By J. P. May
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This ebook supplies an advent to fashionable geometry. ranging from an straight forward point the writer develops deep geometrical techniques, taking part in a massive function these days in modern theoretical physics. He provides quite a few innovations and viewpoints, thereby displaying the family members among the choice methods.
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Additional resources for A Concise Course in Algebraic Topology
A criterion for a map to be a cofibration We want a criterion that allows us to recognize cofibrations when we see them. We shall often consider pairs (X, A) consisting of a space X and a subspace A. Cofibration pairs will be those pairs that “behave homologically” just like the associated quotient spaces X/A. Definition. A pair (X, A) is an NDR-pair (= neighborhood deformation retract pair) if there is a map u : X −→ I such that u−1 (0) = A and a homotopy h : X × I −→ X such that h0 = id, h(a, t) = a for a ∈ A and t ∈ I, and h(x, 1) ∈ A if u(x) < 1; (X, A) is a DR-pair if u(x) < 1 for all x ∈ X, in which case A is a deformation retract of X.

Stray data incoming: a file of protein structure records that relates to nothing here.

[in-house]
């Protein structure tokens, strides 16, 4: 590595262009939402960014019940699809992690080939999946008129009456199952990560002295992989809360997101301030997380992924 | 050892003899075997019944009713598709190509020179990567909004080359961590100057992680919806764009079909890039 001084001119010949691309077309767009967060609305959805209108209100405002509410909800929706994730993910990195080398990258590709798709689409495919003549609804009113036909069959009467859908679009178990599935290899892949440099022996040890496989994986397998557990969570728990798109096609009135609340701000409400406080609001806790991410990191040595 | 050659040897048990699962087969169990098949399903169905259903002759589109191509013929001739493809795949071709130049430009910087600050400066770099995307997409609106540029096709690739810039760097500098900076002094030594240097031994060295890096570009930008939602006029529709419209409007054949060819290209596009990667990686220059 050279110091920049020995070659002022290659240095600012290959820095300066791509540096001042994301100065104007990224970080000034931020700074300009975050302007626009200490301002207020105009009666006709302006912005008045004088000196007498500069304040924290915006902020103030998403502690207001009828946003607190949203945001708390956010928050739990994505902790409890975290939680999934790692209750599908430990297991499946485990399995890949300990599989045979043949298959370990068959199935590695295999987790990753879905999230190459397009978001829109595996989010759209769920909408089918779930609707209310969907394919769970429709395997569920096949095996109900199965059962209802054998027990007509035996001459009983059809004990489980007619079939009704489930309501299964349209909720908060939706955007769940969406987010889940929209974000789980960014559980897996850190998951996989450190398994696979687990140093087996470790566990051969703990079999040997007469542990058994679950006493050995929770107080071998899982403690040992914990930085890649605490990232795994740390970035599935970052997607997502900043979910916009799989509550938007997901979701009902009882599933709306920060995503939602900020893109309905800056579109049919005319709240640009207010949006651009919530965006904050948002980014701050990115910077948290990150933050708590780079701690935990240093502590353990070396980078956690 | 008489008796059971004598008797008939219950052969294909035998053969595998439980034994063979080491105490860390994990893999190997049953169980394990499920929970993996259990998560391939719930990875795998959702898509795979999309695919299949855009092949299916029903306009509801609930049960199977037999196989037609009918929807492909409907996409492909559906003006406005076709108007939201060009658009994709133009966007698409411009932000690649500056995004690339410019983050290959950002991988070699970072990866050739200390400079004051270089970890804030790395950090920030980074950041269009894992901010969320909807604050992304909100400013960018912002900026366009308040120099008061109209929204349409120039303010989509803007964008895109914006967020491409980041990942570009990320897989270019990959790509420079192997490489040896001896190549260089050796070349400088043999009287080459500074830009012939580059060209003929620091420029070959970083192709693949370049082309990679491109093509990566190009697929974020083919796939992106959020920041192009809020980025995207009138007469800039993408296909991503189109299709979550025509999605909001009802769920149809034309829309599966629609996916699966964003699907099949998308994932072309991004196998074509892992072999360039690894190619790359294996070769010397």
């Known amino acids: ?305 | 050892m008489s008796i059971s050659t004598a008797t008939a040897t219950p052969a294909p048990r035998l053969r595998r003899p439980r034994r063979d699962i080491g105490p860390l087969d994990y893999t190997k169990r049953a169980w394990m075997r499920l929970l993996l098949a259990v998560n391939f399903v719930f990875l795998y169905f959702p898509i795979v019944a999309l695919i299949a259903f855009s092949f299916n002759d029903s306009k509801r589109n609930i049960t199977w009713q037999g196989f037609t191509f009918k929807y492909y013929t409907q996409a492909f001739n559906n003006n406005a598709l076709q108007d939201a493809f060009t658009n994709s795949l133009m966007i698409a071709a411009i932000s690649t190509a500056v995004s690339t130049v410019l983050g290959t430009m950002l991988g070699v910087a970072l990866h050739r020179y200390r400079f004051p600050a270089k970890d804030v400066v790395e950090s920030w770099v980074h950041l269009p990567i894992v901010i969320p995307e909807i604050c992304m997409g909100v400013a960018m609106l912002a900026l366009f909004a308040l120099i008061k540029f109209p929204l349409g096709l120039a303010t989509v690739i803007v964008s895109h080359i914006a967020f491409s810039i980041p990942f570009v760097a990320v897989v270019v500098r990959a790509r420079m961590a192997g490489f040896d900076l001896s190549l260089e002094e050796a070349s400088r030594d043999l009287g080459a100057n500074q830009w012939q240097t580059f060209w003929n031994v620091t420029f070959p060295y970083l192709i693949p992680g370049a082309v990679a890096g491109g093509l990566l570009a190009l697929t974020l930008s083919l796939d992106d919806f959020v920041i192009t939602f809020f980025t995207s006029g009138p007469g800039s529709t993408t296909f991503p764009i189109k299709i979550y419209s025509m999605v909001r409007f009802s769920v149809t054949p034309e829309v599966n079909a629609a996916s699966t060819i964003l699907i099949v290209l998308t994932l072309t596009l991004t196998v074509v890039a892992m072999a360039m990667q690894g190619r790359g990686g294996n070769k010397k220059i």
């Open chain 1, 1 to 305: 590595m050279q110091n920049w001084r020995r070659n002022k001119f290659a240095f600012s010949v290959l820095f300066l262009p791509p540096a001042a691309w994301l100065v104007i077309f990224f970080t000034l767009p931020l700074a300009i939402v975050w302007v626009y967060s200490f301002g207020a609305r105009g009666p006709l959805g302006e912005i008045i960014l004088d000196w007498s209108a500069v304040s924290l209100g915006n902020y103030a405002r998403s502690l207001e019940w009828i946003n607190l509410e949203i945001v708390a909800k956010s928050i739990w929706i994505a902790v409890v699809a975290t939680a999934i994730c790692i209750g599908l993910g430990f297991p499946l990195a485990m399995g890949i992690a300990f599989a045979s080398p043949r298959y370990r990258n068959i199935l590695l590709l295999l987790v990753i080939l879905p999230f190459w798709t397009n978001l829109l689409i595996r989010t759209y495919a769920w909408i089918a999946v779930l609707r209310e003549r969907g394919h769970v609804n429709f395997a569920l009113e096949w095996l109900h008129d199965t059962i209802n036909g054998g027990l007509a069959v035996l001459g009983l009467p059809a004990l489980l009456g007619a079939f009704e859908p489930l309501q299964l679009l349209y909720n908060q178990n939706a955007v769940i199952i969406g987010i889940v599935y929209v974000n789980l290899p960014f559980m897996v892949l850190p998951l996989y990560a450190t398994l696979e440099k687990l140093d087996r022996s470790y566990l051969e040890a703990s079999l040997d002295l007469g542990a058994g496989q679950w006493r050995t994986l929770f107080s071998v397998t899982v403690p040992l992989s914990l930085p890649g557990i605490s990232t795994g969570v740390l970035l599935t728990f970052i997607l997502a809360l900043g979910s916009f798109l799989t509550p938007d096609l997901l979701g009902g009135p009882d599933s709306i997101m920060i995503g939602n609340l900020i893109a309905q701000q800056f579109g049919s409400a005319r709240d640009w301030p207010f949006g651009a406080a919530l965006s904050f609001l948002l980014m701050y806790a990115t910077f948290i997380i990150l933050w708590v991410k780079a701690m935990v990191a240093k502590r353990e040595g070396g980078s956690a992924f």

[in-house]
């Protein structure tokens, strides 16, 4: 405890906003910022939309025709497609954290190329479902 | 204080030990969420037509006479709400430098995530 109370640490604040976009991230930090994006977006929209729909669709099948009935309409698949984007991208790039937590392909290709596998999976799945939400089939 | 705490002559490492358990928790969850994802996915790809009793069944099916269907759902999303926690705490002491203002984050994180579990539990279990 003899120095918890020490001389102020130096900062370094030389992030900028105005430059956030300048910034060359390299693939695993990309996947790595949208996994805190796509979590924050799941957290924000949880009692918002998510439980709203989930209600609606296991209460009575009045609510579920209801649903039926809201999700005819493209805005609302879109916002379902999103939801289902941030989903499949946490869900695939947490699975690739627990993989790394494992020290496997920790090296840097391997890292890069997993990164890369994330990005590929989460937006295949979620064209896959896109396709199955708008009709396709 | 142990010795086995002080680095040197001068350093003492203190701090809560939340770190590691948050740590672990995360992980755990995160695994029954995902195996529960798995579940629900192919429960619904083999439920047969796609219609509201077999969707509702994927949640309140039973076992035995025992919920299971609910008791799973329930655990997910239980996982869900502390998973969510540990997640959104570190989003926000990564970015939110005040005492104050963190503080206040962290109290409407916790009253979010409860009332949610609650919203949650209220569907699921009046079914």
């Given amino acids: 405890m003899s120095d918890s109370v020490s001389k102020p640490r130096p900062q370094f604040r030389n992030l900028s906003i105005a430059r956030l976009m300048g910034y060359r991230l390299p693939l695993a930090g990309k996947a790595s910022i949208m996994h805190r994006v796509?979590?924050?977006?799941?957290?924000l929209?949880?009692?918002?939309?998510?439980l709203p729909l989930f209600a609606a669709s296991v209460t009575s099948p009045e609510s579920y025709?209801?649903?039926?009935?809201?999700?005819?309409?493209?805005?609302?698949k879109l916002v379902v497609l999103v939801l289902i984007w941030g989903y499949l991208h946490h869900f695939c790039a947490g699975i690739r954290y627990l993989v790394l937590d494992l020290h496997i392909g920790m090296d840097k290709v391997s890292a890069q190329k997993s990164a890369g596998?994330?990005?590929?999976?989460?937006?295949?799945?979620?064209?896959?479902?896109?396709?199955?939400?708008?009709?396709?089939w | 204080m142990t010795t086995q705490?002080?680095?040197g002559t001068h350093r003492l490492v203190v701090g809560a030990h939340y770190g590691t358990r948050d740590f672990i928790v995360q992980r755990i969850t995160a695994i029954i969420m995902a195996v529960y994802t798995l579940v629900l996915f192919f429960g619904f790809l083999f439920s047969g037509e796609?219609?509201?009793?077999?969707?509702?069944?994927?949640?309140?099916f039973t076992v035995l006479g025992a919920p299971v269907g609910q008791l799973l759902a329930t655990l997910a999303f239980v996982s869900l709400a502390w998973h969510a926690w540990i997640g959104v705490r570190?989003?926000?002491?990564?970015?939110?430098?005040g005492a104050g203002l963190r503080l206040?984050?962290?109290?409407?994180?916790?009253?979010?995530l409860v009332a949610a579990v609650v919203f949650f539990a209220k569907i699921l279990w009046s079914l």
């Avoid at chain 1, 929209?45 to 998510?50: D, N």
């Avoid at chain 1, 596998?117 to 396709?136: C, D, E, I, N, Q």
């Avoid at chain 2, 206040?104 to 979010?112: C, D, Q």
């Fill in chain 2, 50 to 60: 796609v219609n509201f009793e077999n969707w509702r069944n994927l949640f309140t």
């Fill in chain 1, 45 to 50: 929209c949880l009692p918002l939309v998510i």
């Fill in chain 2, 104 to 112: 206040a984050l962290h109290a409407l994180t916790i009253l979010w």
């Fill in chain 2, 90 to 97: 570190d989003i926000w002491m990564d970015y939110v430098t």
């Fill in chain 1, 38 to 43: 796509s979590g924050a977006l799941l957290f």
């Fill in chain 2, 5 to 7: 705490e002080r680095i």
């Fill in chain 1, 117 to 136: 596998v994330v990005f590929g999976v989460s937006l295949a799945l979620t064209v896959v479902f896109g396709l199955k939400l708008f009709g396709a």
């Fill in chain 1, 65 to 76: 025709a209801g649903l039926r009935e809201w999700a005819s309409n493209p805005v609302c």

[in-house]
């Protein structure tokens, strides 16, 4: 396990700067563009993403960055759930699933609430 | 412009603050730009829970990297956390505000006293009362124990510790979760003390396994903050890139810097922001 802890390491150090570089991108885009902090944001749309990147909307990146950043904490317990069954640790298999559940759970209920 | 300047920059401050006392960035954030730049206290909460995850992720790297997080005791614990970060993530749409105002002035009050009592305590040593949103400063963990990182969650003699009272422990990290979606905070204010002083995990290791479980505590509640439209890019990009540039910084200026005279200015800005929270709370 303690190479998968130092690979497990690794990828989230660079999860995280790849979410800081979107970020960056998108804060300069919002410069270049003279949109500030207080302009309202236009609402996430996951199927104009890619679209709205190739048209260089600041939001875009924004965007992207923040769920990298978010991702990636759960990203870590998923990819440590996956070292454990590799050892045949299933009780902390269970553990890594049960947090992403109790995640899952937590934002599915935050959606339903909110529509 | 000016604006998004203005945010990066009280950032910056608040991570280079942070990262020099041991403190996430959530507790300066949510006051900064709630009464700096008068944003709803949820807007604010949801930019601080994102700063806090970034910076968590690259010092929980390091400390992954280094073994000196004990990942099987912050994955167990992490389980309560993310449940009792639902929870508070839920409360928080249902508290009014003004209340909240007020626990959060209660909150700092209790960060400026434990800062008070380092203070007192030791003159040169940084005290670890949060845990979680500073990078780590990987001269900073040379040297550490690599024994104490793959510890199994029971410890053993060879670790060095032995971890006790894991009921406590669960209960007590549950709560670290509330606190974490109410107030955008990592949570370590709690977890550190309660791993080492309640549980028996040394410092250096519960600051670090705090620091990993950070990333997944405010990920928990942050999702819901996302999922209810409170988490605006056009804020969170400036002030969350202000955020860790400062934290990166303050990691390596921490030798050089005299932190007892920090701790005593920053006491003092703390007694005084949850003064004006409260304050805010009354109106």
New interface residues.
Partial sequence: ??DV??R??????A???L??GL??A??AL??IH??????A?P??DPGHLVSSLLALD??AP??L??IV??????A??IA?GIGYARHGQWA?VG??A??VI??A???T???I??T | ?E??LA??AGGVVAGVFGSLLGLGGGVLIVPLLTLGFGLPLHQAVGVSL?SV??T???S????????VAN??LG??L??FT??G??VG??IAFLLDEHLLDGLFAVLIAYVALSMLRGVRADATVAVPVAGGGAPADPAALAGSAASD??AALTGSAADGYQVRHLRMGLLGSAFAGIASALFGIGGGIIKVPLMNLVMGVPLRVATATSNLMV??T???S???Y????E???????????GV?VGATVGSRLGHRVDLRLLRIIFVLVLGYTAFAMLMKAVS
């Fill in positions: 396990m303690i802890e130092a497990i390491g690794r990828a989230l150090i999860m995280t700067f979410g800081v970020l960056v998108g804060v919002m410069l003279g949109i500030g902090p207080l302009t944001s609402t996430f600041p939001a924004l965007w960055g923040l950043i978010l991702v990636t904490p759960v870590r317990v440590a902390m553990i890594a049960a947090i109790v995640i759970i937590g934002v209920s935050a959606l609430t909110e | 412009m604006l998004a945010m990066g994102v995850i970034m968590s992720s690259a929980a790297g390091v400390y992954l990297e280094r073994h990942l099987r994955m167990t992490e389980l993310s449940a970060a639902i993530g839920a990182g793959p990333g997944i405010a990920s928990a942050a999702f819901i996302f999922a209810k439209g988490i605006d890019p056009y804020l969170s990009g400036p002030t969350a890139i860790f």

By definition, f e is the target of the map f˜ ∈ StE (e) such that p(f˜) = f . Clearly g(f e) is the target of g(f˜) ∈ StE ′ (g(e)) and p′ (g(f˜)) = p(f˜) = f . Again by definition, this gives g(f e) = f g(e). The previous theorem shows that restriction to fibers is an injection on Cov(E , E ′ ). To show surjectivity, let α : Fb −→ Fb′ be a G-map. Choose e ∈ Fb and let e′ = α(e). Since α is a G-map, the isotropy group p(π(E , e)) of e is contained in the isotropy group p′ (π(E ′ , e′ )) of e′ .
We begin with the following result, which deserves to be called the fundamental theorem of covering space theory and has many other applications. It asserts that the fundamental group gives the only “obstruction” to solving a certain lifting problem. Recall our standing assumption that all given spaces are connected and locally path connected. Theorem. Let p : E −→ B be a covering and let f : X −→ B be a continuous map. Choose x ∈ X, let b = f (x), and choose e ∈ Fb . There exists a map g : X −→ E such that g(x) = e and p ◦ g = f if and only if f∗ (π1 (X, x)) ⊂ p∗ (π1 (E, e)) in π1 (B, b).
A Concise Course in Algebraic Topology by J. P. May